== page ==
Ten years ago the inaugural Korean Theatre Festival arrived in New York with founder Du-Yee Chang performing an original one-man show based on one of Franz Kafka’s novels. Chang, along with 16 other performers from various Seoul theater companies, descend on The Secret Theatre in Long Island City from June 29th through July 3rd to stage three plays as part of the fourth edition of the festival dedicated to Korean theater.
Chang sees the event as a sort of cultural exchange to introduce American audiences to traditional Korean theater. “When we do a Shakespeare play, we are not doing it in an Elizabethan style,” Chang said. “We transform it so Korean audiences can feel familiar with it. It is sort of like how in America, ‘Romeo & Juliet’ became ‘West Side Story.’”
No large-scale musicals are on tap for this year’s festival, but Chang said the three plays scheduled show the variety of what is happening in Korean theater.
“Counselor,” written and directed by Hyun Suk Cha, revolves around the owner of a coffee shop, who offers advice to emotionally and mentally wounded patrons, but who has no memory of his own past. “This is a very modern Korean play,” Chang said. “It is really an interesting psychological drama — like a Harold Pinter play.”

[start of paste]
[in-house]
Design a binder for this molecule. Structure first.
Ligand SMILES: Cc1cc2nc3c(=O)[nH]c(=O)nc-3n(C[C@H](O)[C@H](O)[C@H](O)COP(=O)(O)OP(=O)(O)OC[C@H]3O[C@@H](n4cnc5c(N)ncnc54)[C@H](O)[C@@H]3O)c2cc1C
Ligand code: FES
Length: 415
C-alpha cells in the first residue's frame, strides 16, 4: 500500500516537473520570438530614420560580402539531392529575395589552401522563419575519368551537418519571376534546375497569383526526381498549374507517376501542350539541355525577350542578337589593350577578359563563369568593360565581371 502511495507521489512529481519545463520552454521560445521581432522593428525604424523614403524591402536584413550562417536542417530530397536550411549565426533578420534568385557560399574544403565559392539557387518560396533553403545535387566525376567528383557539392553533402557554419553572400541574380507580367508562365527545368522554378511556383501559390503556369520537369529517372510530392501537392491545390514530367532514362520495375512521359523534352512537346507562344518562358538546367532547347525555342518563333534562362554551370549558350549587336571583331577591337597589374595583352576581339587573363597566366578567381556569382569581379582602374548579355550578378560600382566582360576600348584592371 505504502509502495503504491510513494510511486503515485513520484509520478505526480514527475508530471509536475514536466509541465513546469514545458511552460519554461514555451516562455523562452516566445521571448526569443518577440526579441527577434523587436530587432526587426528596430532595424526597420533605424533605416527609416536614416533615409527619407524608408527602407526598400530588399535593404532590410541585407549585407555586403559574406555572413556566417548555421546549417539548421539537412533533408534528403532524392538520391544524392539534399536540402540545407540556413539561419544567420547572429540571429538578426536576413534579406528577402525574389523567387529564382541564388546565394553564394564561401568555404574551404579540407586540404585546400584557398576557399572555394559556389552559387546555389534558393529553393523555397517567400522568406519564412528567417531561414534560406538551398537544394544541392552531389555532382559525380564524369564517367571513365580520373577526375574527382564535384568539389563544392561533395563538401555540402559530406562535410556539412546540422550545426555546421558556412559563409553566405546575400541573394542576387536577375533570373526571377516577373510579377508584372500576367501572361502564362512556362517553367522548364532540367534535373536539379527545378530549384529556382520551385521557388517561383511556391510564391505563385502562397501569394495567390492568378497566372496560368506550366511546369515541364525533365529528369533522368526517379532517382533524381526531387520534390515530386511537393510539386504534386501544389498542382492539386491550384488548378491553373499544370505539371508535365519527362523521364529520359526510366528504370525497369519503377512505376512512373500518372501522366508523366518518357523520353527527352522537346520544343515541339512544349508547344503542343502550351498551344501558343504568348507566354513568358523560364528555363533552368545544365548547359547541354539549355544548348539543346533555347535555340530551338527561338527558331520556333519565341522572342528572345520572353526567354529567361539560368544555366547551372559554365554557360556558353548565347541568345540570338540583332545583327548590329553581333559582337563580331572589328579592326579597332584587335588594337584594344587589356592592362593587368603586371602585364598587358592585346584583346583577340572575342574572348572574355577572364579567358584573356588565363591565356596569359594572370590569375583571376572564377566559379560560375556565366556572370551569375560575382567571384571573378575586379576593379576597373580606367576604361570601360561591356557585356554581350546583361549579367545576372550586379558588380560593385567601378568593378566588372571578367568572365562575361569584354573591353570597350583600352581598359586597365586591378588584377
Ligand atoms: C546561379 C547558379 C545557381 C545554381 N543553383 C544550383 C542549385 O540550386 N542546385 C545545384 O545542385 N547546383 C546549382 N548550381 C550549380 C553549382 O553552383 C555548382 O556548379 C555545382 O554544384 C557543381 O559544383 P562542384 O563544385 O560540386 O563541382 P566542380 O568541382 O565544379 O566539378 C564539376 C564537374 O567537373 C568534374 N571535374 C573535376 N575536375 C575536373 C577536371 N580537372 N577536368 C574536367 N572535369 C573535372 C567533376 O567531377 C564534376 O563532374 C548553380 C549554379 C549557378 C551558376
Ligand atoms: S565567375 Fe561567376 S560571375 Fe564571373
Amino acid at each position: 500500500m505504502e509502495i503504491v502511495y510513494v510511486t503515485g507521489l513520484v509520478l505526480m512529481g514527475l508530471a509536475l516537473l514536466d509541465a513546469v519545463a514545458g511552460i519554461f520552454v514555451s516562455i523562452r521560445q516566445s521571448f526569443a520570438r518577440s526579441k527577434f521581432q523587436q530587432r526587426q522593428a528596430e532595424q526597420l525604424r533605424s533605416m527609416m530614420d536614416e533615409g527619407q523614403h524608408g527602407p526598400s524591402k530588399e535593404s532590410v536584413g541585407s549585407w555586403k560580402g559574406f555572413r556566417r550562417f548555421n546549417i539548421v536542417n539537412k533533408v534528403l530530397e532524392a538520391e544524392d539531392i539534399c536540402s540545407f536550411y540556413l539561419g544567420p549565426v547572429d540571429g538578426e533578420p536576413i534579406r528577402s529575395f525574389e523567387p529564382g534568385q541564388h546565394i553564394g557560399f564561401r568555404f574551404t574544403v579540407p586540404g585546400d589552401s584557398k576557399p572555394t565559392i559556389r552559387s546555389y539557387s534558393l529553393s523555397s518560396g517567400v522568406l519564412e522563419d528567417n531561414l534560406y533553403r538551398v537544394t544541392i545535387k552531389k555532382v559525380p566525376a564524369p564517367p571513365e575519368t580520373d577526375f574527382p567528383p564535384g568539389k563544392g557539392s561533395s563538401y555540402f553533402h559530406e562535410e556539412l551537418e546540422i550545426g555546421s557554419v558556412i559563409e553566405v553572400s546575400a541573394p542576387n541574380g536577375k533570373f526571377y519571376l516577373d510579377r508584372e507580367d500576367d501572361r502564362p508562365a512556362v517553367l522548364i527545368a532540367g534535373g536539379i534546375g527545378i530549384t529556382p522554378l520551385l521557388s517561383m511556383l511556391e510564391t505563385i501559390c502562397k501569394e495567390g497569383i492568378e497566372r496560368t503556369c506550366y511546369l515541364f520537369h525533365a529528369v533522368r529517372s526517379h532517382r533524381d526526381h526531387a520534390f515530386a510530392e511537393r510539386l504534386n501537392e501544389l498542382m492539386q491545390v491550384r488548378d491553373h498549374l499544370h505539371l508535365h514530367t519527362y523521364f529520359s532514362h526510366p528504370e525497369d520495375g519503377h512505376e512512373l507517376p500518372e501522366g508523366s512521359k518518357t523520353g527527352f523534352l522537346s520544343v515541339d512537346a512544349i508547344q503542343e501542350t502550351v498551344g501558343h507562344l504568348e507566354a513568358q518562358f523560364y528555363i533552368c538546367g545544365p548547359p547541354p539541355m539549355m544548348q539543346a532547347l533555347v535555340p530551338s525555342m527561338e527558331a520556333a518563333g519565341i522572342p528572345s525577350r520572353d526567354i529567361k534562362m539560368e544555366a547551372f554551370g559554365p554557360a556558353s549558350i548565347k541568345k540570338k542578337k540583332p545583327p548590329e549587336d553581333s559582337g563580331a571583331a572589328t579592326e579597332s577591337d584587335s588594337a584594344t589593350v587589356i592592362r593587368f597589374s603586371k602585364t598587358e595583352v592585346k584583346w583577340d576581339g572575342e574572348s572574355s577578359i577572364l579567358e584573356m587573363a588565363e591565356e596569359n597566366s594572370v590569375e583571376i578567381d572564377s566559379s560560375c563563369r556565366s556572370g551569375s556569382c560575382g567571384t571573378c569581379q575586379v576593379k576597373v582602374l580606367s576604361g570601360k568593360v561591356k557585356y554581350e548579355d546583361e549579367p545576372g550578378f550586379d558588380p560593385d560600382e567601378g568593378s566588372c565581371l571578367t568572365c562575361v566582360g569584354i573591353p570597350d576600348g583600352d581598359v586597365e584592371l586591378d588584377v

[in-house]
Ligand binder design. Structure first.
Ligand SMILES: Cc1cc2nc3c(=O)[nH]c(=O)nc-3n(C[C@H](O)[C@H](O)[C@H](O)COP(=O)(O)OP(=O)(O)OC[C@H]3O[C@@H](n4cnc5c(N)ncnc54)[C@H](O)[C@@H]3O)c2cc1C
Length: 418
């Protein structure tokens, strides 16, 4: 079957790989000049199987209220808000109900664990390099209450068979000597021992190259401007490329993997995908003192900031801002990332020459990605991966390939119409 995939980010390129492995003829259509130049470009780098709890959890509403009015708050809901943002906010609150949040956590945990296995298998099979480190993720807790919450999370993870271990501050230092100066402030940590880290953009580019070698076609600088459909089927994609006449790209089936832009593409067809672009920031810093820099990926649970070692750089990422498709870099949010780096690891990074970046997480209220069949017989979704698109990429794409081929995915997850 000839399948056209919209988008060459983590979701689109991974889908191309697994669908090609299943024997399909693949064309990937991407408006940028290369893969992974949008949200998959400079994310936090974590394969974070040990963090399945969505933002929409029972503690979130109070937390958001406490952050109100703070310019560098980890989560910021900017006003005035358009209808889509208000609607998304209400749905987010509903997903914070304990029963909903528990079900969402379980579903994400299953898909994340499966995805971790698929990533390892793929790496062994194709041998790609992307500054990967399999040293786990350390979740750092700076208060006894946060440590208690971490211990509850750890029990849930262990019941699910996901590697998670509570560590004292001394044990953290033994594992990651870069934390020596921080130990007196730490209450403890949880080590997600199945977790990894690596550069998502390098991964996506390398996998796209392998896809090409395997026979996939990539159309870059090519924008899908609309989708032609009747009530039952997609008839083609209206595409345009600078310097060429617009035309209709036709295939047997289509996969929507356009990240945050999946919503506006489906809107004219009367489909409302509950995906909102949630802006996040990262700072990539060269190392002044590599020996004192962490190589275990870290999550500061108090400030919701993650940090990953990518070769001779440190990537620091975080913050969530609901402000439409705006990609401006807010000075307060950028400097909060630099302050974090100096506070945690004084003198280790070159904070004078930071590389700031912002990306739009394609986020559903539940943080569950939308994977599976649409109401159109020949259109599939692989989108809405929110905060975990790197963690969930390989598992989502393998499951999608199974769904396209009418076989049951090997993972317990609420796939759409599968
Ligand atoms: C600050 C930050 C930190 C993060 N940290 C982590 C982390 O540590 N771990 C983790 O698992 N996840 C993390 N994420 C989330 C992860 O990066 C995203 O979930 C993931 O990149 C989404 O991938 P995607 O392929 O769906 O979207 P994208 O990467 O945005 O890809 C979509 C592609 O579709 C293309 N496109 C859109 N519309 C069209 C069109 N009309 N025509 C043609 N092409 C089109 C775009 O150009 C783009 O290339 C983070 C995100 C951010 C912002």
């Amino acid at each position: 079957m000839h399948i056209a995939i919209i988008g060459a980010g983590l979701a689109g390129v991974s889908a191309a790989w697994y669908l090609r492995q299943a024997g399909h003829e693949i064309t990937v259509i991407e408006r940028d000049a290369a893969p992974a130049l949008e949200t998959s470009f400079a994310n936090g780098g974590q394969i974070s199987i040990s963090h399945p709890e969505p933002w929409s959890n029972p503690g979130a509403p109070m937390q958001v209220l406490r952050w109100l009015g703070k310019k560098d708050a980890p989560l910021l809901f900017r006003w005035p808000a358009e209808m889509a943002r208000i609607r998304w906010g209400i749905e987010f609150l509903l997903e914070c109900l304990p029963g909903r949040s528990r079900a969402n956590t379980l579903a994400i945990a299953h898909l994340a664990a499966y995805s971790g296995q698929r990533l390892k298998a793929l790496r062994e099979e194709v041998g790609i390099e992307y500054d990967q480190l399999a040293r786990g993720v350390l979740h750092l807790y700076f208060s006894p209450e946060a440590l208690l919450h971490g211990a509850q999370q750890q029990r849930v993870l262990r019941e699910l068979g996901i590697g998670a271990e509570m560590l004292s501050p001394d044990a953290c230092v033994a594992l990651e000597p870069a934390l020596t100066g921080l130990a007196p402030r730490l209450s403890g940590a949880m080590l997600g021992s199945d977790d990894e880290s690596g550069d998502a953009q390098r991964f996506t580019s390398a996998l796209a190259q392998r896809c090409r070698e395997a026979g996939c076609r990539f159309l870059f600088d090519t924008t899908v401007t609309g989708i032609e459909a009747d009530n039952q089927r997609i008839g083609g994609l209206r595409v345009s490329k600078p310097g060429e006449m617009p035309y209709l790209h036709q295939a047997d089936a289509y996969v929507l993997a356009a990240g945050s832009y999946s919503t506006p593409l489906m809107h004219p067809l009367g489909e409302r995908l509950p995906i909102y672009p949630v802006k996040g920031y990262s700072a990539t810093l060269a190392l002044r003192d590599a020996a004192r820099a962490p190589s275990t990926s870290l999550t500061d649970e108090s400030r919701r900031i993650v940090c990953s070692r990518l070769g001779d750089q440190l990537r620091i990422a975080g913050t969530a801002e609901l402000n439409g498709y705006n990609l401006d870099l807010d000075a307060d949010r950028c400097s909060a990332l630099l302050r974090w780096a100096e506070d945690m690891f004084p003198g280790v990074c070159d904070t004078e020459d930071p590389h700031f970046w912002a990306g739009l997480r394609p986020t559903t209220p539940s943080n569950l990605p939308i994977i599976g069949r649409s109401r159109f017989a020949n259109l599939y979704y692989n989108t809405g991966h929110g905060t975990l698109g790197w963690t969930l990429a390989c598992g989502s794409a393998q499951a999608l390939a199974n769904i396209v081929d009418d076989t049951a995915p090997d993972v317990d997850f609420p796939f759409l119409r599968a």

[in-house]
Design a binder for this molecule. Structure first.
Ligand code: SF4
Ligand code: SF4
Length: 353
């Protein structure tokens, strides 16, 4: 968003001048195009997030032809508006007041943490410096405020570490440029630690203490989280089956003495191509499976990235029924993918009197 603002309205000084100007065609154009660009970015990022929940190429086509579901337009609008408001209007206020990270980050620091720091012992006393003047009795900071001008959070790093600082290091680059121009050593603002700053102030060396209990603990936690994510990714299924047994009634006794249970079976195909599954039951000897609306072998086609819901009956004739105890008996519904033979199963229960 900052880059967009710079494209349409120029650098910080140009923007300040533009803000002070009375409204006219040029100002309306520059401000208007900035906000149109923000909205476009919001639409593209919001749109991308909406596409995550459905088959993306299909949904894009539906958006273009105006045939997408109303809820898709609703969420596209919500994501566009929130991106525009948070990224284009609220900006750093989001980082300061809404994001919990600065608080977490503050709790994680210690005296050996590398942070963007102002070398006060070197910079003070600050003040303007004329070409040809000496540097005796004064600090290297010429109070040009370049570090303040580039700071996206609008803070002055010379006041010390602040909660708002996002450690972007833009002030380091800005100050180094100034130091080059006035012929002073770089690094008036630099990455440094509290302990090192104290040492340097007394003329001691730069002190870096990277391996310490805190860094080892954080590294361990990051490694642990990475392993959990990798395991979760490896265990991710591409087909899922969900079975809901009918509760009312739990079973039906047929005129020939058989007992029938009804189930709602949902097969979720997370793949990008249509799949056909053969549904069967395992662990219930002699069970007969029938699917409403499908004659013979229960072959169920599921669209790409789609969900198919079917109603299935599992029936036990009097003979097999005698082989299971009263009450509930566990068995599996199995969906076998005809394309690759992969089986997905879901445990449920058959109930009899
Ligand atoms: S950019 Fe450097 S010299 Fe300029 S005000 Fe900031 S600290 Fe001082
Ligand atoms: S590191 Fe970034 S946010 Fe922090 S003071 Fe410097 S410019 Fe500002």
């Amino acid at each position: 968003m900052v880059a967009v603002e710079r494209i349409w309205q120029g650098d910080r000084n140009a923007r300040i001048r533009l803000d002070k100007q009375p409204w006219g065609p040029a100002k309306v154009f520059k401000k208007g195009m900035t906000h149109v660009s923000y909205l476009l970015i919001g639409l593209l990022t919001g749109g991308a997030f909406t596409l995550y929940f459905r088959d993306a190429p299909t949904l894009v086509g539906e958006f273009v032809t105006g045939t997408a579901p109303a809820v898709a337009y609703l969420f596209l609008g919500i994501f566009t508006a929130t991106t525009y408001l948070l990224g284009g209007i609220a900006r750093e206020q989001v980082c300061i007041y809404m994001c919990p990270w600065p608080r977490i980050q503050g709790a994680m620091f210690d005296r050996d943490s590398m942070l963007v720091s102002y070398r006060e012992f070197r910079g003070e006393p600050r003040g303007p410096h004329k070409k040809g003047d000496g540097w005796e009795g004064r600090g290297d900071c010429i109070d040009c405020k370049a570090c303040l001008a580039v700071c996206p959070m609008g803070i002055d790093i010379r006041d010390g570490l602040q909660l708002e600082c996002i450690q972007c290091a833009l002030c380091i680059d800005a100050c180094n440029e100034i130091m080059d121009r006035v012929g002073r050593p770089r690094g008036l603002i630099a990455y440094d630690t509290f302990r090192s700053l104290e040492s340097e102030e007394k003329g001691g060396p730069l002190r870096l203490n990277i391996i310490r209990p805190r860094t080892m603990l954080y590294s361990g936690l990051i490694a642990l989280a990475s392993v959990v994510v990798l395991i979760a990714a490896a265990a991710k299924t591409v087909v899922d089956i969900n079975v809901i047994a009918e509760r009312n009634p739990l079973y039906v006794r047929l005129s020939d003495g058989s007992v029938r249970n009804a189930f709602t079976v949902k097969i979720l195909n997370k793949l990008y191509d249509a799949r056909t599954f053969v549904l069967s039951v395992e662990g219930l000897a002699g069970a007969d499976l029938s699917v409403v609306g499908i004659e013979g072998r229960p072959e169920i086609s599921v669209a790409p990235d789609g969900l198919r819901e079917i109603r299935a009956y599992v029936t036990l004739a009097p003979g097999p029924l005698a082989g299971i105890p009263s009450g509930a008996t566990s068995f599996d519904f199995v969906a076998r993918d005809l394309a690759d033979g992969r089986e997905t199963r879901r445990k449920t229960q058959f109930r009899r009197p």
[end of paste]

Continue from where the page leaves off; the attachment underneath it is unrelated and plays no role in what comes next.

In “The Genius Magician, Young-Sil Chang,” a young magician is the reincarnation of a genius inventor from the 15th-century Chosun Dynasty. Living in a beautiful fictional world, the young magician uses his powers to fight those set on destroying nature.
Both plays will be performed with subtitles displaying English translations of the dialogue.
Although “Same Story, Different Day,” a piece written to mark the 65th Anniversary of the Korean War, will be performed without titles, Chang believes the story will be understood by English-speaking audience members with its use of movement and pantomime.
Although Korean ex-patriots are most likely to attend the festival, Chang hopes to reach plenty of American theatergoers as well.
“We are aiming for both,” he said. “For New Yorkers, these are good plays for theater performances. Korean theater can introduce a different dimension or style.”
June 29 through July 3
Korean Theatre Festival in New York
44-02 23rd St., Long Island City
Cost: $10/general, $7/seniors and students